Coming to Alaska we hoped to get new experiences and amazing adventures, but also get to know and live the Alaskan everyday life. Living in a dry cabin without electricity and running water, with a wood stove as our heater, oil lamps and candles as our light and an outhouse as our bathroom, 45 km (30 mi) outside the city of Fairbanks, we think we just got what we wanted.
Our life in Two Rivers could be described by many words, but the first phrase coming to our head is definitely “close to nature”. And we were constantly reminded of how the nature ultimately controls your everyday life. Due to permafrost, frozen soil, it’s rare to have a water system in your cabin. Like many people in Alaska, we hauled our drinking water inside in 20-liter (6 gallon) jugs and carried wastewater outside in a bowl. We stored our food in a cooler that we buried deep in the ground in summer and kept inside in winter, filling it with bottles full of ice. We cut our own firewood during the summer to keep us and the cabin warm during the winter. And before you notice, all these things become automatic, normal part of your day.
Living in a remote area without electricity also affects many small daily tasks, especially in winter. When the daylight decreases your headlamp becomes your best friend. And you realize how much light a fire, whether in an oil lamp, in a candle or in a wood stove, can offer. You realize your commute or evening walks can be enlightened by moon, stars and beautiful northern lights in the sky. And eventually you also learn how to cook with propane stove and oven.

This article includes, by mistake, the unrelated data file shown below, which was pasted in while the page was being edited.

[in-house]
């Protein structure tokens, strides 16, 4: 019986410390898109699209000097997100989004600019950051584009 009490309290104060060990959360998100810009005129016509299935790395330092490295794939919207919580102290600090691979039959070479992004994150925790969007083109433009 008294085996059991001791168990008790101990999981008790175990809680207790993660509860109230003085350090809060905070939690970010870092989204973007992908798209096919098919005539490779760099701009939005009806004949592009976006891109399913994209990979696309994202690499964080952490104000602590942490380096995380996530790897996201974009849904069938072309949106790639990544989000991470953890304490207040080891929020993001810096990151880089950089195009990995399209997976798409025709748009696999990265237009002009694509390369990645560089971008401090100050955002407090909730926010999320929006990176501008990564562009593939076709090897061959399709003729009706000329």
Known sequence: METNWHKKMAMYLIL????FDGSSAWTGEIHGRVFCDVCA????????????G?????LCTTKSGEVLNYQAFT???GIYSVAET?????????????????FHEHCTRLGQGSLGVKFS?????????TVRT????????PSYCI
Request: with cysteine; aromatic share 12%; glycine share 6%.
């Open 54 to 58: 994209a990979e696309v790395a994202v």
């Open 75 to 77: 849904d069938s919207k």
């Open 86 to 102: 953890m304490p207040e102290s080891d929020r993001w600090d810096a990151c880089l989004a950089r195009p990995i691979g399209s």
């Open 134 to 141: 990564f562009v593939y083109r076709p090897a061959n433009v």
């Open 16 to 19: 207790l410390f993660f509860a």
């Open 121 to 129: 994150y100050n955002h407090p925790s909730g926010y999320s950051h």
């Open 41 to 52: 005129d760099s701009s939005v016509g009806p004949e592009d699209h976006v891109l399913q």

So what would make our everyday life even more special? We are already in Alaska, living in a cabin with limited facilities in the middle of a forest. Well, the people and the animals we’re living with. Our amazing landlord with his family owns a couple of dozen dogs that we got to know very well and enjoyed going out a lot.
In addition our “Alaskan family” has a barn full of chickens, ducks and goats that kept us busy after work and provided ingredients like eggs, milk and meat to our daily meals. In summer we also had a huge organic garden full of different salads, carrots, peas, beans, beets, raspberries, tomatoes, potatoes and so on. Goes without saying, we highly appreciated the home grown, clean food that we had opportunity to eat, many times with our Alaskan family.
Our everyday life was colored by several single or multiday trips around interior and other parts of Alaska. We went for road trips and hiking trips, went flying, floating, canoeing, skiing and snowshoeing, and drove with snowmachine and ATV. In winter we had a dog team that we mushed with. So seasons changed and days, weeks and months were full of action and exciting things to do. But we still found time to relax and just be at our Alaskan home and enjoy. That’s what we call a life!